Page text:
5. The lure of chatbots, the potential impact on an employer brand
The use of conversational artificial intelligence within the recruitment process will rise in 2019, but organisations will need to assess and address the potential impact on an employer brand. The technology now exists for an organisation to use advanced chatbots to offer personalised responses to initial candidate telephone enquiries and common queries based on set rules and algorithms. While the automation of such conversations can free hiring managers to focus on non-routine job tasks, organisations will need to consider its impact on their employer brand – and if the caller should be informed that they’re not talking to a person.
6. Diversifying diversity
The business benefits of a diverse and inclusive workforce and workplace are becoming more widely understood, but various surveys show that in 2019 organisations will want to accelerate the pace of change to achieve genuine results in this area. The focus will also shift to diversifying diversity, or in other words, to widening terms of reference to cover more demographics, such as Māori, people living with disclosed disabilities, people who identify as LGBTIQ+ and mature-age.
7. Failure to offer flexibility creates an attraction and retention drawback
Few professionals work 9-5 anymore, but the concept of set hours every day was heavily under the spotlight in 2018. An Irish study of 1,000 workers found 32 per cent would accept a longer workday for a shorter working week. Meanwhile, a New Zealand financial firm, Perpetual Guardian, allowed workers to work a four-day week following a trial that found it improved productivity and reduced stress. With more employees considering flexibility – of hours or place – the norm, any organisation that doesn’t review their flexible working policies will face an attraction and retention shortcoming in 2019.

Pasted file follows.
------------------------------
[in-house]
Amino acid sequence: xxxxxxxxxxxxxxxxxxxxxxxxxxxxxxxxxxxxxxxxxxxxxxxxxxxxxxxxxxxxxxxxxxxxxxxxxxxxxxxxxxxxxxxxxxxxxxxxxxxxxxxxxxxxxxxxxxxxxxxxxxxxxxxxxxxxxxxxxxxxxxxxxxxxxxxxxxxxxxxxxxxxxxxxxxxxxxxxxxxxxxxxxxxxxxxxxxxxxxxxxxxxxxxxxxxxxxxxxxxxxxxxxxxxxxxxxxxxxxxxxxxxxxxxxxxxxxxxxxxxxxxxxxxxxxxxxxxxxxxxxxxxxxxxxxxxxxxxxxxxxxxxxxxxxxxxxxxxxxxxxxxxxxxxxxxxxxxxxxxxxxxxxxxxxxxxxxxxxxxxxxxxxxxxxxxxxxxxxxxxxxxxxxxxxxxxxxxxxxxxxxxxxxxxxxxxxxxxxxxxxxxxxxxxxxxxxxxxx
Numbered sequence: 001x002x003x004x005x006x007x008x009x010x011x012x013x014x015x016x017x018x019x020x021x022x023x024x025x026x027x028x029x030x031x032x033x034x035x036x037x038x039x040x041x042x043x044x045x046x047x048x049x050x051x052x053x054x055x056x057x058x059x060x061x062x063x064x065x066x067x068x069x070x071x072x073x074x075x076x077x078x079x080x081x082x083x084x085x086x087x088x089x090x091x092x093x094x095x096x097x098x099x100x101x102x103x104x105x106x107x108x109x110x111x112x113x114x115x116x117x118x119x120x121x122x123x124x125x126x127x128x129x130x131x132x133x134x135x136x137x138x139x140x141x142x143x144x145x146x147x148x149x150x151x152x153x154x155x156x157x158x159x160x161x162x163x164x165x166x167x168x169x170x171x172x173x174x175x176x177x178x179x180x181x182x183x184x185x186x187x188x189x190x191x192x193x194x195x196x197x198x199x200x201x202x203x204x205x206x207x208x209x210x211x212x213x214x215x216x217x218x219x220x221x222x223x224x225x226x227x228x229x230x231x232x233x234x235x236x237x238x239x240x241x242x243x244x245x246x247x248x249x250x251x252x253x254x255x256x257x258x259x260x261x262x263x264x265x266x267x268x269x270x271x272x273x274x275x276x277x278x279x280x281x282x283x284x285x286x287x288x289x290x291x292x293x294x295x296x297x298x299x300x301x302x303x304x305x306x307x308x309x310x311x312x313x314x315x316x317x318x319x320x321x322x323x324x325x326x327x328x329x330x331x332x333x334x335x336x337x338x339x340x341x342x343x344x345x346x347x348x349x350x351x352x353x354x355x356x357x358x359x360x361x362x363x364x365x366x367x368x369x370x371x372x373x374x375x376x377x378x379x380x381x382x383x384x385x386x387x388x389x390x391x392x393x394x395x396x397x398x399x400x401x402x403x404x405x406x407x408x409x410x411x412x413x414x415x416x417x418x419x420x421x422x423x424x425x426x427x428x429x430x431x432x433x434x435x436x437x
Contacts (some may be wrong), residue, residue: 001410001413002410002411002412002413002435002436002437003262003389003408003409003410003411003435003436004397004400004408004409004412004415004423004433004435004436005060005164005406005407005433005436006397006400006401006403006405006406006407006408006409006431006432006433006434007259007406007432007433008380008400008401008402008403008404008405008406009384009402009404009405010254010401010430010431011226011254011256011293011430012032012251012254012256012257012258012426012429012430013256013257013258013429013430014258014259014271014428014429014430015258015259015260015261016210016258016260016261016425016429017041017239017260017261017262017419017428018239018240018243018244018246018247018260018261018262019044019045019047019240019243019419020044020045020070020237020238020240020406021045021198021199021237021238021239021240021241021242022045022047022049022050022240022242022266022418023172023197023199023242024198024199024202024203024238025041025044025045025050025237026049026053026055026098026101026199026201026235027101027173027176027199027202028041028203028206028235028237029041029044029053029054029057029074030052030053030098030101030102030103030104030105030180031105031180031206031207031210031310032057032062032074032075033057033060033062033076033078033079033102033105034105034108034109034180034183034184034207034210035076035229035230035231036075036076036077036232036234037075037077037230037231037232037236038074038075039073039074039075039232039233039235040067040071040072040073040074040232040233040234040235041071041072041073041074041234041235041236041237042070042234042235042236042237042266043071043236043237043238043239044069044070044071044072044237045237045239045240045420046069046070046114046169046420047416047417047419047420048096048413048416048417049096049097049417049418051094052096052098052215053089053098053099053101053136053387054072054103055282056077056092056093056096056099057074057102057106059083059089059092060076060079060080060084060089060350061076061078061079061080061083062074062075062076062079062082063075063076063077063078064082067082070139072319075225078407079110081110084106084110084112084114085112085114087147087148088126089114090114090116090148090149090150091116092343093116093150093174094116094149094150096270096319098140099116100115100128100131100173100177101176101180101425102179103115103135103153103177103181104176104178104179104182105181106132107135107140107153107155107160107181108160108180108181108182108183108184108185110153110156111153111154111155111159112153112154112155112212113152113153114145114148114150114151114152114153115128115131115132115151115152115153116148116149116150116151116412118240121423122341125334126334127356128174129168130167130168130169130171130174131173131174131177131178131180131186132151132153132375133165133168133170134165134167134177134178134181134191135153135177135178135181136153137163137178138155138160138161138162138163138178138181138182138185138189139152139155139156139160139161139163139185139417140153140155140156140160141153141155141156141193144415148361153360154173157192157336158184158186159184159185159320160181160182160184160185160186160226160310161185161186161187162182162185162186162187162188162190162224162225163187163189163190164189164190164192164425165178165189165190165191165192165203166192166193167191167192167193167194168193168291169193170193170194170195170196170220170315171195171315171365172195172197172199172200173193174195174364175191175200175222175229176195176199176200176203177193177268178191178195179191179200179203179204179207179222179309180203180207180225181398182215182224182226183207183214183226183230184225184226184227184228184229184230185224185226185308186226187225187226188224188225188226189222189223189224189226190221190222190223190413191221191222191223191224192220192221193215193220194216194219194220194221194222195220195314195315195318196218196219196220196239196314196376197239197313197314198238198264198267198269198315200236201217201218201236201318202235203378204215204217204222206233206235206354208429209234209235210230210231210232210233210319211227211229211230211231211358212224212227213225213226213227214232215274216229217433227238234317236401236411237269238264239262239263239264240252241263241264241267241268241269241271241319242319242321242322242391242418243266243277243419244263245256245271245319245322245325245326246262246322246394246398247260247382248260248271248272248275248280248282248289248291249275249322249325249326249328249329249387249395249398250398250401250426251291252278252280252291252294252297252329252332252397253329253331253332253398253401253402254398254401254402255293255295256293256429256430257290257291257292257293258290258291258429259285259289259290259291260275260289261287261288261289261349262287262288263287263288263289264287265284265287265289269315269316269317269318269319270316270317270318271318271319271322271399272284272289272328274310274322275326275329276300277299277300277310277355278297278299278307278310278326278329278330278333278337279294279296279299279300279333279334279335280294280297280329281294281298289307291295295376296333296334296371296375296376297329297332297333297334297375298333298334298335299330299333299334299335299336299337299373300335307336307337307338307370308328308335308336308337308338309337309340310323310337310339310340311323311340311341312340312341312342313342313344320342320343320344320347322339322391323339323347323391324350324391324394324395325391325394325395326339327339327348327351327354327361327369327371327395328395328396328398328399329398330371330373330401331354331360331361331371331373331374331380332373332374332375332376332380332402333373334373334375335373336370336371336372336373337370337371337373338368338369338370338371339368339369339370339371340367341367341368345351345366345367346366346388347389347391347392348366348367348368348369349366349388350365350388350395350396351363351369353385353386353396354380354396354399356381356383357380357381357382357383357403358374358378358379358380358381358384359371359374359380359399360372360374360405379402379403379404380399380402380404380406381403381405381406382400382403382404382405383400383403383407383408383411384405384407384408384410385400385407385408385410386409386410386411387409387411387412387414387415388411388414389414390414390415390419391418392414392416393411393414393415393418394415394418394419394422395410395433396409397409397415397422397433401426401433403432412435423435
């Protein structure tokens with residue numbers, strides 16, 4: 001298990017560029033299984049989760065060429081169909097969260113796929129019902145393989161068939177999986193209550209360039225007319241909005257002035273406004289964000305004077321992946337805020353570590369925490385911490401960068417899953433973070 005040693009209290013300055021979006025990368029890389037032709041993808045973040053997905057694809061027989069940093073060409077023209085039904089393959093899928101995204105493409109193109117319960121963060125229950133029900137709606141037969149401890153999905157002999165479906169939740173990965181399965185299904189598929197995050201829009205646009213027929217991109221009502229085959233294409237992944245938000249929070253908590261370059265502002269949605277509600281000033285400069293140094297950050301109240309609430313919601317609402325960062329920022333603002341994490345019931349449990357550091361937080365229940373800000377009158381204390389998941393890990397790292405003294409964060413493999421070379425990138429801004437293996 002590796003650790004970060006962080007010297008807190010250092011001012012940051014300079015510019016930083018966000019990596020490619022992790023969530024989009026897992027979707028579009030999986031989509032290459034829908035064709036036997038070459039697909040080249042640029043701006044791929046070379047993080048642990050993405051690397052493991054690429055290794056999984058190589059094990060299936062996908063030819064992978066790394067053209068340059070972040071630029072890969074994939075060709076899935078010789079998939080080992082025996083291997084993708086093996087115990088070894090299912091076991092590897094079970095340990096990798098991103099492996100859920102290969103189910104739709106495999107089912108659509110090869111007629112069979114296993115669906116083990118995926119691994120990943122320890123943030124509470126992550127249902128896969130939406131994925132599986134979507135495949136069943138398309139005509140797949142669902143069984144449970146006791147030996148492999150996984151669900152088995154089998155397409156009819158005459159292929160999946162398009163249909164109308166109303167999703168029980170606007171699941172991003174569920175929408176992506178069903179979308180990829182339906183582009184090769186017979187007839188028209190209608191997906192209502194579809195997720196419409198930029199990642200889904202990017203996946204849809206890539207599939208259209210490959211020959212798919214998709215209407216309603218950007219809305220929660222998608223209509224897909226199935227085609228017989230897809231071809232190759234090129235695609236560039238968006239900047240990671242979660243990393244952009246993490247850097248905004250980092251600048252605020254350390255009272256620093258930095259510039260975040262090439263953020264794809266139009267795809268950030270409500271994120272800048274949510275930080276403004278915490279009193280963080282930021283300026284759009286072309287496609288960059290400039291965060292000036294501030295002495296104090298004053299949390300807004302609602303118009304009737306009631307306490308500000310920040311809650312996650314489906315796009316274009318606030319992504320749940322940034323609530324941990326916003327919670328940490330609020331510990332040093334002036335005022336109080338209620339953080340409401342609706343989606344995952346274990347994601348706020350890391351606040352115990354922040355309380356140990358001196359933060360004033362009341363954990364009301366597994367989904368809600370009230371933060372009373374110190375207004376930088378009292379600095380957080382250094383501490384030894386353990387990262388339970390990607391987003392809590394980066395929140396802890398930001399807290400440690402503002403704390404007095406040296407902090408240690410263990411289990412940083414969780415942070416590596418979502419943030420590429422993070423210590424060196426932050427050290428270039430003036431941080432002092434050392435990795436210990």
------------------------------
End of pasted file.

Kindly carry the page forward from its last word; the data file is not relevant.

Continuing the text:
8. Beware the talent mismatch
New Zealand’s talent mismatch between the skills jobseekers possess and those employers want will expand even further, after reaching its highest point in seven years. Despite an existing pool of labour, in 2019 employers will find it harder to hire people with the expertise they need, particularly in high-skill industries and for roles that require highly-skilled professionals, such as IT, engineering, financial services and professional services. This will lead to employers exploring a wider range of talent attraction and retention strategies in 2019.
9. Focus on specialisation and strategic thinking
Employers will focus on expanding their teams with deep expertise and wide perspectives. Given increased technological change and the fast-paced nature of today’s world of work, employers look for candidates who can think strategically to leverage new technologies, trends and opportunities to add greater value and benefit the organisation.
10. A need for stakeholder engagement skills
Technological disruption will increase the requirement for all departments to possess staff with strong stakeholder engagement and management skills. Organisations will look for staff who, in addition to possessing the necessary technical skills a role requires, can also understand and improve engagement with internal and external stakeholders.